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Geology of the Candy Point Trail explained on hike

 

Gayle Swagerty, forground, rests at the top of Candy Point Trail, along with Don Chadborne of Spokane Valley and Jim Fox of Spokane. In the background are Scott Peterson and Megan Weeks of Anacortas, Michael Regal and Pam Mckenney of Spokane, Anna Hein of Pullman and Montana Hein of Spokane Valley.  - Gene Kiver photo

A group of hikers from Spokane, Cheney, Anacortes, Tri-Cities and Coulee Dam assembled at the trailhead of Candy Point Trail Sunday to walk it with scientists who would explain the geology of the rocks over which they were walking.

At the trailhead at 432 Columbia, in Coulee Dam, Dr. Gene Kiver and Bruce Bjornstad led the group.

Kiver retired from Eastern Washington University after teaching geology there for over 32 years. He has conducted an active research career that emphasized landforms and surficial processes. The Missoula Floods are among his main interests.

Bjornstad is retired from his work as a senior research scientist at the Pacific Northwest National Laboratory in Richland, Washington. He has studied Ice Age Floods for over 30 years.

Kiver and Bjornstad have co-authored a book titled "On the Trail of the Ice Age Floods, the Northern Reaches," published in 2012.

The hike began with a discussion at the trail head on the Ice Age Floods. They explained that the most recent episode of major ice sheet expansion occurred between 18,000 and 13,000 years ago. A lobe of the Cordilleran ice sheet advanced into what is today the Idaho Panhandle to the area now occupied by Lake Pend Oreille, blocking the Clark Fork River drainage and causing Glacial Lake Missoula to form.

The lake was more than 2,000 feet deep at its largest and held over 500 cubic miles of water. The lake may have emptied in as little as two or three days. When the ice dam broke, a towering mass of water and ice was released and swept across parts of Idaho, Washington, and Oregon on its way to the ocean. Over a period of years the glacier would advance, blocking the river, and the dam and lake would form again. The process was repeated scores of times, until the ice sheet ceased its advance and receded to the north at the end of the ice age.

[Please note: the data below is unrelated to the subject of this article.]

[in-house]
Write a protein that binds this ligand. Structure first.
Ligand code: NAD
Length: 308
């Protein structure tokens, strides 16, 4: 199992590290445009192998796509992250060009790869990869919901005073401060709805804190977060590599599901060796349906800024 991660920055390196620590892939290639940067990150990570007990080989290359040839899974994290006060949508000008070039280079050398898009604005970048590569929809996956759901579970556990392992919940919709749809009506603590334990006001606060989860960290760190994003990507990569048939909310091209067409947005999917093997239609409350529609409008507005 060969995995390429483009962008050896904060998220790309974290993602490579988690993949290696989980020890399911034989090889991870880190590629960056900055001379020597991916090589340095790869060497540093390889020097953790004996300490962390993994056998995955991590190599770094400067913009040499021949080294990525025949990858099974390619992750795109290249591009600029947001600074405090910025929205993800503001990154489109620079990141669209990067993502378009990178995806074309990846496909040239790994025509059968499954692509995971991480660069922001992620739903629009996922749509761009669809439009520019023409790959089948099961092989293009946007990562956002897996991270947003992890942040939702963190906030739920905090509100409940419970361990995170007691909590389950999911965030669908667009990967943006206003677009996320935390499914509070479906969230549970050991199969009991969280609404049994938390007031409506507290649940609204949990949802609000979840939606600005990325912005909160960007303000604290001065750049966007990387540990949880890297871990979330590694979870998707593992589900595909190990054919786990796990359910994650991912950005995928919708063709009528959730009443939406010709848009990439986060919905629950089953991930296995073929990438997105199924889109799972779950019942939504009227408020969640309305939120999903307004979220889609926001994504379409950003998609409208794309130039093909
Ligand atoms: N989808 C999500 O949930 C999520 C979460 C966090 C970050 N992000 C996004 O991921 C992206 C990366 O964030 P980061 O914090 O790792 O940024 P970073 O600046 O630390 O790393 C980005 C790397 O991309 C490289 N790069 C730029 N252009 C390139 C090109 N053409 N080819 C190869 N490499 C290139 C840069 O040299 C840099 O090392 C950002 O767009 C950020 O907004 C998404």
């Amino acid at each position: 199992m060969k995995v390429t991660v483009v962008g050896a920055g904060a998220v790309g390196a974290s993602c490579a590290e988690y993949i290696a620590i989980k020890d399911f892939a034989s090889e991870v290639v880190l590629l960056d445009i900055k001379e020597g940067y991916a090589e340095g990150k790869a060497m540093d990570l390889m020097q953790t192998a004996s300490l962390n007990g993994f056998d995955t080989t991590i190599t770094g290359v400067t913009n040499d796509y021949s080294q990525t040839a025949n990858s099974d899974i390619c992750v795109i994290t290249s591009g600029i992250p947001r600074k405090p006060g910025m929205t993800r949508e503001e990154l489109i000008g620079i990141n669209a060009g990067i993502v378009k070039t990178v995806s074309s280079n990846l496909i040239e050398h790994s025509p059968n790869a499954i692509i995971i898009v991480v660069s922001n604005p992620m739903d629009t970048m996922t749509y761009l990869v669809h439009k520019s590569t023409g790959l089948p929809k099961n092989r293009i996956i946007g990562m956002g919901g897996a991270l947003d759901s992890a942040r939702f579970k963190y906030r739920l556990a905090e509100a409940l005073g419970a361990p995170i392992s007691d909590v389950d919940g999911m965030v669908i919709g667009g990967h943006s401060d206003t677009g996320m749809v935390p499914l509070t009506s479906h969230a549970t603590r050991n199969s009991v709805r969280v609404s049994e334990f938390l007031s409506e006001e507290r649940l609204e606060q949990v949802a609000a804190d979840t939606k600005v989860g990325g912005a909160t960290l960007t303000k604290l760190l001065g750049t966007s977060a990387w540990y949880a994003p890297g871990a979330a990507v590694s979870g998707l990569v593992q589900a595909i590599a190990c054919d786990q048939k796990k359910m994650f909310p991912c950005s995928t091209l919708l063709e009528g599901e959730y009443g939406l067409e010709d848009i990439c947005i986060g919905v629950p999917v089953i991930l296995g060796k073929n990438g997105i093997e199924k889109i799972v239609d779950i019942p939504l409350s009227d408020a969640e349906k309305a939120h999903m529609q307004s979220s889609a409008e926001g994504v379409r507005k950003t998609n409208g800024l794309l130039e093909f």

Kiver and Bjornstad then led the small group up the trail, continuing the discussion of the geology of the area as well as its recent history in building the Grand Coulee Dam and marveling at the rock work done in construction of the Candy Point Trail by workers for the CCC in the 1930s.

The group headed over to Crown Point to look over the town of Coulee Dam and the geology across the Columbia River. They then returned to the Candy Point Trail to the top where they relaxed, ate snacks and lunch and continued the discussion before heading back down the canyon.

Work is continuing on the trail this October. A group of 15 members of the Washington Trails Association will arrive here on Oct. 21 and spend the weekend clearing vegetation, resetting trail stonework and retaining walls, grooming and re-establishing trail tread to proper widths as needed, and making assessment of future work and intervals.

If you would like to join this work project, contact Coulee Dam Town Hall during business hours, weekdays, 8 a.m. – 4 p.m. at 633-0320, or Gayle Swagerty at 633-8375.

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